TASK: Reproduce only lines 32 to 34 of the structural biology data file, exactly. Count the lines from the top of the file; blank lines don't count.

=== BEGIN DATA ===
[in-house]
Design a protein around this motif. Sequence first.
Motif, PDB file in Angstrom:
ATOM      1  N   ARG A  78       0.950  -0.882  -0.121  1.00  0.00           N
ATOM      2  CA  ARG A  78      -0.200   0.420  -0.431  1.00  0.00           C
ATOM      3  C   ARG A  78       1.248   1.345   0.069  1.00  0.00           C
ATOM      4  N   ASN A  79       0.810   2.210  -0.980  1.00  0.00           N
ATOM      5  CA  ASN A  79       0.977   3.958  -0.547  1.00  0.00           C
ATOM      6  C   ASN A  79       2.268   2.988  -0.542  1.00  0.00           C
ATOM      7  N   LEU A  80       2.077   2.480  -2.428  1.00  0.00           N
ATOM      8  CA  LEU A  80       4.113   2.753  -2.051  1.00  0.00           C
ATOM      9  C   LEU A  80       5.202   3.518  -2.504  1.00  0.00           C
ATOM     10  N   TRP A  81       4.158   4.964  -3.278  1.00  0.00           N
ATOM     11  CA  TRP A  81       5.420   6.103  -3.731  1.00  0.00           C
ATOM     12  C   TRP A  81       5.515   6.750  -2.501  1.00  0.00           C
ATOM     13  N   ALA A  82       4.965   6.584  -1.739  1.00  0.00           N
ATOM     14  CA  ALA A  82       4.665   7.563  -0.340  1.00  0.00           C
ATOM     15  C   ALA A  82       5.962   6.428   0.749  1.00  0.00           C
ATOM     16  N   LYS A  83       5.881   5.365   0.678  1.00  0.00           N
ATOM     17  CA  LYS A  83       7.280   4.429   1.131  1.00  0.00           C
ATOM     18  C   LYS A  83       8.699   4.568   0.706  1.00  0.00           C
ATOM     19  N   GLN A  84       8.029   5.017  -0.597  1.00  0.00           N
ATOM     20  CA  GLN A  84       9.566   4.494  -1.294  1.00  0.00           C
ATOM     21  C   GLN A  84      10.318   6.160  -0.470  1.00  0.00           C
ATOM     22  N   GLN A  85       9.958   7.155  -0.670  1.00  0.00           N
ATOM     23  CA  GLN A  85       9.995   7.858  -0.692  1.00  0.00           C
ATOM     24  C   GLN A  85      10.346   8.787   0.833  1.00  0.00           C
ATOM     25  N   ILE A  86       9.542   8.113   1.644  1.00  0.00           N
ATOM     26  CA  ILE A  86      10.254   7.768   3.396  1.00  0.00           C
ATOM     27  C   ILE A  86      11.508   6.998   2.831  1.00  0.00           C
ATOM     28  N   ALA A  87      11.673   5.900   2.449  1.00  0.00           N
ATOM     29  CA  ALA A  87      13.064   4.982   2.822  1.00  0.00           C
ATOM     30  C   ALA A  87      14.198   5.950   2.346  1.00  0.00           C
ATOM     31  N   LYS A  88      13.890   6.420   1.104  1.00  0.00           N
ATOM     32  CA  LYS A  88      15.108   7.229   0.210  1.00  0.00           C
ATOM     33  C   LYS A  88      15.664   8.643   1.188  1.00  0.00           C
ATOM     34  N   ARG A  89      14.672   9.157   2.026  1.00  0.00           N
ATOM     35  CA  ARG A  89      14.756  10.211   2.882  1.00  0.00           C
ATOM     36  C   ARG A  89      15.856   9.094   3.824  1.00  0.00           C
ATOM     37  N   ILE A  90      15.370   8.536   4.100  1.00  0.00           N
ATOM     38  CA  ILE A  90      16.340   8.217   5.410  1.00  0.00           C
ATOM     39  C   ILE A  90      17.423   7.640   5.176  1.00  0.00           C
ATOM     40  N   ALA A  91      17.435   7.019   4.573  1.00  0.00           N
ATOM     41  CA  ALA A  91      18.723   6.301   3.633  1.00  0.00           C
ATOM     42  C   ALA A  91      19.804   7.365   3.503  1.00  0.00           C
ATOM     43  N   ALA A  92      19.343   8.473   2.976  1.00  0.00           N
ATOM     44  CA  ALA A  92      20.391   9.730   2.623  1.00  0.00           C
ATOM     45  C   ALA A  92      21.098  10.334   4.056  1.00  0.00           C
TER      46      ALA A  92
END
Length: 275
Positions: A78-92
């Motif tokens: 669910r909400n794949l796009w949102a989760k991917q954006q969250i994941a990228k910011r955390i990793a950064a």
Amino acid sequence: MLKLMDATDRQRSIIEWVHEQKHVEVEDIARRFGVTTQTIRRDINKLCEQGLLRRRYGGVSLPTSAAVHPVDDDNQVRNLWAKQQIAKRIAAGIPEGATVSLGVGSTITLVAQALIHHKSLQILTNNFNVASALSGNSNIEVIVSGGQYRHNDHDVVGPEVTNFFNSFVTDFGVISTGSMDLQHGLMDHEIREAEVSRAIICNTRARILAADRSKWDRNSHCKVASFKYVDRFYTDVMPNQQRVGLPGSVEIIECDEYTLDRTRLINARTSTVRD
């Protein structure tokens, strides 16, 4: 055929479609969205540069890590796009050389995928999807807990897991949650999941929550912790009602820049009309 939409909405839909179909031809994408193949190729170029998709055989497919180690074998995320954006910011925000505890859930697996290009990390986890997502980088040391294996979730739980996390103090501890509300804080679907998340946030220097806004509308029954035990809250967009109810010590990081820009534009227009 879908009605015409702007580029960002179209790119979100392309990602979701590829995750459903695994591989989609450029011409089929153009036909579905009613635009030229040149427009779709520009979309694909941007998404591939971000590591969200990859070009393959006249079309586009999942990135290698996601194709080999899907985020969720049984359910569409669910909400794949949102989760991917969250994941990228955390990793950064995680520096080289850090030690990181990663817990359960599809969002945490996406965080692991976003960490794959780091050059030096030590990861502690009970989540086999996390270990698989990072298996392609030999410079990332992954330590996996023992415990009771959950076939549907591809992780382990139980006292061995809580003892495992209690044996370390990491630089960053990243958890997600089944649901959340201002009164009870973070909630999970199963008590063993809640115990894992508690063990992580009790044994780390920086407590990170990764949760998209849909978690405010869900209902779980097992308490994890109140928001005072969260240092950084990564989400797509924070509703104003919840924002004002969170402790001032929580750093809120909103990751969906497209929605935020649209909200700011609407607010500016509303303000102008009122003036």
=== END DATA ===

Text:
ATOM     29  CA  ALA A  87      13.064   4.982   2.822  1.00  0.00           C
ATOM     30  C   ALA A  87      14.198   5.950   2.346  1.00  0.00           C
ATOM     31  N   LYS A  88      13.890   6.420   1.104  1.00  0.00           N